Thursday, January 24, 2008
Fair Trade -- Harvey Comics Classics Volume 2: Richie Rich
Continuing on the mini-theme from the other day, I just recently finished this volume of Richie Rich comics, lovingly constructed by the good people over at Dark Horse comics. if you want to read about The Poor Little Rich Boy, then look no further than this tome.
And believe me, tome is the correct word. Clocking in at a whopping 400+ pages and weighing at least 2 pounds, this is a definitive collection of Richie Rich strips, from his earliest appearances as a backup feature in Little Dot through being the star of his own title (and later, many, many more titles) in the 1960s. Collected are 125 individual stories (the cover pictured above is an early version) which run the gamut from simple, worldess one-page gags to complex, multi-part adventures.
For what is at it's core a simple concept, the various creators who worked on Richie at Harvey got a lot of mileage out of the basics of the character which were there right from the start. The very first strip tells how privledged young Richie ditches his boring dance lesson to go play baseball with the neighborhood kids, then takes down a bully. These aspects -- the desire for normalcy and friendship, standing up for the less fortunate -- became the core of the character, and the stories would be built on this foundation for decades to come.
The book is divided into two halves, the Golden Age and the Silver Age. The Golden Age stories are never longer than five pages, and primarily revolve around Richie having fun with his poor friends Freckles and Pee Wee. The villain of these pieces is usually his greedy cousin Reggie Van Dough, a sadistic little SOB who takes great pride in showing off his wealth and having fun at the expense of others. Of course, he gets his comeuppance in the end, either in the form of Richie finally getting fed up and tricking him, or, just as frequently, Reggie's own arrogance and stupidity. The character of Reggie would soften up over the years, but he remained a constant in Richie's world even as late as the 1980s when I first discovered the character.
The Silver Age section focuses on Richie's own title, launched in 1960. The stories continue along a logical path, with Richie having fun with his friends and otherwise trying to be a regular kid. In this half, Richie's status as a headliner is put to good use, as we get a handful of multi-part stories, ranging from ten to fifteen pages, including the Johnny Quest-esque "Mutiny on the Oceanic." With this development, we also get to see a lot of zany inventions and creations, such as a camera that de-ages whatever it shoots. These never seem to work quite as expected, but usually get put to good use against the seemingly endless gangs of crooks trying to rob the Rich Estate. Also introduced is Cadbury, who at first Richie is skeptical about, but the butler's seeming knowledge and skills in every conceivable field soon win the young man over. Cadbury gets to take center stage in a few strips as well, as does Pee Wee in a few shorts. Irony the Robot Maid even pops up near the end!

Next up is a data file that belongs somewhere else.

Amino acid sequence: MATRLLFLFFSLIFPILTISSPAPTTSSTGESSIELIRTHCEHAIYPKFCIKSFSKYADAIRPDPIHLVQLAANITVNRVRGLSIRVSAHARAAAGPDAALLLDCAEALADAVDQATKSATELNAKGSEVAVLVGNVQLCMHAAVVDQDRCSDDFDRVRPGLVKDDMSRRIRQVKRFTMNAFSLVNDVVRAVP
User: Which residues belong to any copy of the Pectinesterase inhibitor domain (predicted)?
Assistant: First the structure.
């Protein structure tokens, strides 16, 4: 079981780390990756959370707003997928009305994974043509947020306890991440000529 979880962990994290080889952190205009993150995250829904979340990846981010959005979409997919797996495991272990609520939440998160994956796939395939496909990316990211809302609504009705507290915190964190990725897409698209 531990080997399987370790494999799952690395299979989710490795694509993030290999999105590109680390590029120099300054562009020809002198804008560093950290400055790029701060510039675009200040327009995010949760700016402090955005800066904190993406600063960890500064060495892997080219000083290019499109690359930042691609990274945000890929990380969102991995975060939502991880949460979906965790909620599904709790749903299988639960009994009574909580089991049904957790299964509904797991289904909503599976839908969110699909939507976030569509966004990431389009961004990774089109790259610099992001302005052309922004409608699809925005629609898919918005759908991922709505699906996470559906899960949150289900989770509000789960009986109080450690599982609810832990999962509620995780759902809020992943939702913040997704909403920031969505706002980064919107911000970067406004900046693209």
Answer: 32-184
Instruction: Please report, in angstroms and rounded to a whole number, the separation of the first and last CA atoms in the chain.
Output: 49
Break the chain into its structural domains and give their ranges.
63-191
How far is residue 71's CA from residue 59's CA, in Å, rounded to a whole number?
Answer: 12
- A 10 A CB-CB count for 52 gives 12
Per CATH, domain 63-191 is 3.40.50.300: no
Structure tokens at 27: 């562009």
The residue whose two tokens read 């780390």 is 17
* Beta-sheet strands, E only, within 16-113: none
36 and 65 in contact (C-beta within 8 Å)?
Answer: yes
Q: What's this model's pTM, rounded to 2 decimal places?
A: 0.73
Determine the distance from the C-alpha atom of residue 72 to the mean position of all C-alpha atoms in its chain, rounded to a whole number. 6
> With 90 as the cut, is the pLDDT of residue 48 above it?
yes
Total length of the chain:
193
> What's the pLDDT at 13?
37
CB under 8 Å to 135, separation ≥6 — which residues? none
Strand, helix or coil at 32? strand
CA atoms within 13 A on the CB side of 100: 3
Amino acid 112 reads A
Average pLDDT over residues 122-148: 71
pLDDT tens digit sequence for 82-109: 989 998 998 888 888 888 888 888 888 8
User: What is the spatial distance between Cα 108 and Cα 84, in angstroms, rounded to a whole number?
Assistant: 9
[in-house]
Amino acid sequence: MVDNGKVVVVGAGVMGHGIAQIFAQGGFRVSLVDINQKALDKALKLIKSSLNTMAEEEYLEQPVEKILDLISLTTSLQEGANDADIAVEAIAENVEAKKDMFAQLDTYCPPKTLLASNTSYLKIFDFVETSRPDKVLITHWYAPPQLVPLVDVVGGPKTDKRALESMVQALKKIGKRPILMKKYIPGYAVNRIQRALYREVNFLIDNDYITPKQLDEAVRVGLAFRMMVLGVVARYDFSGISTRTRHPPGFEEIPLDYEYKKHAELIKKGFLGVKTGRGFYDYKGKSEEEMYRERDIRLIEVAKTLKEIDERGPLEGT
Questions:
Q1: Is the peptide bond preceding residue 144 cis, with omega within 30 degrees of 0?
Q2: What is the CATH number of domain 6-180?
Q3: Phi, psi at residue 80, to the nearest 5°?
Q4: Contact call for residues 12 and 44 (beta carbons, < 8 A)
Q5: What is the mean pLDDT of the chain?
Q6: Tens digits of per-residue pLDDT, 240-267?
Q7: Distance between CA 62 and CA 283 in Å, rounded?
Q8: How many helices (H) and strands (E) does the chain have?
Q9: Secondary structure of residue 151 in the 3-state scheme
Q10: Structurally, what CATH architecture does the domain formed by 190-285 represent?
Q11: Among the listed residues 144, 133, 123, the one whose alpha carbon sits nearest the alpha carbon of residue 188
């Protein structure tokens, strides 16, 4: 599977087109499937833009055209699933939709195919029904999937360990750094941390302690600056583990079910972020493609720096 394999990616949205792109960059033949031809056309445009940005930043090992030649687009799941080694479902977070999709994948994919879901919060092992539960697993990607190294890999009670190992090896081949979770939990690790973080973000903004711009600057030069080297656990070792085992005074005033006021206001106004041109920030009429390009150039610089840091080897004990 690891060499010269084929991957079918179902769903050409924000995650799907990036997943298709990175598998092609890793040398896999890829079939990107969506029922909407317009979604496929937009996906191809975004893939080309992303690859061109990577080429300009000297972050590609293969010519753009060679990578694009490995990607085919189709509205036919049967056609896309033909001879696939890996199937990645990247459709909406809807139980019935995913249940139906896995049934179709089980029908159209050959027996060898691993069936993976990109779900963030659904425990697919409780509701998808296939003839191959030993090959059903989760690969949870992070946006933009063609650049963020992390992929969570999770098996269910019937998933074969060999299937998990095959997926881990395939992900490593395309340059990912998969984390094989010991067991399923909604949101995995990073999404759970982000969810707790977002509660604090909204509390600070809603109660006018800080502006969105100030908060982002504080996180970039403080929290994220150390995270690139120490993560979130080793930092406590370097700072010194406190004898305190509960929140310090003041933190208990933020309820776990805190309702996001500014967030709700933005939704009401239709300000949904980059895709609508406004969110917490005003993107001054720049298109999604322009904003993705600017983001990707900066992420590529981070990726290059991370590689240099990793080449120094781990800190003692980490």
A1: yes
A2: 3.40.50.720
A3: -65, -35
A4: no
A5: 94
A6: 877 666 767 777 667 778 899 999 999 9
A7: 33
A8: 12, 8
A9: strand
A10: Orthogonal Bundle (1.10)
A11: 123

The other important change in the Silver Age is the introduction of Gloria Glad, Richie's girlfriend. Though a lot of her stories are formulaic ("Don't spend so much money, Richie!"), they offer a nice contrast to the tales of fishing and baseball with Freckles and Pee Wee, and also allow for the love interest angle for the adventure stories. Gloria's father is a fun character as well, as we see his horrified reaction to the increasingly extravagant gifts Richie buys his daughter, seemingly driving him to a nervous breakdown. (This is ironic, since Gloria's father is nowhere to be seen in the Richie Rich film, but her mother, a minor character in the comics, has a substantial role.)
My favorite story from the book is a five-pager from the early 60's entitled "Anyone Who Sees A Psychiatrist Needs To Have His Head Examined!" The gist is that Gloria, in an effort to break Richie of his spending habit, gets him to see a shrink. Richie's sardonic commentary about his treatments are hilarious, as he comments that his doctor is more than willing to help him stop spending money -- by taking all of his money from him! It's strips like this one, that poke fun at more adult topics which fly right over the heads of young readers, which really make the character appeal to all-ages.
The trade itself is very handsomely put together, with nice glossy paper and heavy stock. There's 64 color reprodution pages, which accurately capture the feel of the old Harvey newsprint -- at least the handful which I still have in my possession. The balance of the book is in sharp, beautiful black-and-white, a real treat to someone who likes inked pages as much as I do. The stories look clean and almost modern in black and white, especially with the high-sheen paper. There is one oddity, though: due to how her eyes are colored normally, Gloria's eyes look a little... strange... in the black and white pages. Also included is a short (but informative) historical summary by Jerry Beck, as well as a two-page interview with artist Ernie Colon, one of the many who worked on the strip. Neither is all that long or in-depth, but at this point they're just gravy anyway.
With a list price of $19.95, this is a little more expensive than your typical black-and-white reprint trade, but it's also a much nicer package than your average Essential or Showcase volume. Richie Rich is one of the most enduring characters ever to grave the comics page, and with this volume, readers can discover (or rediscover) just what made The Poor Little Rich Boy so popular in the first place. A perfect volume for parents to read with their kids, or just to enjoy on their own.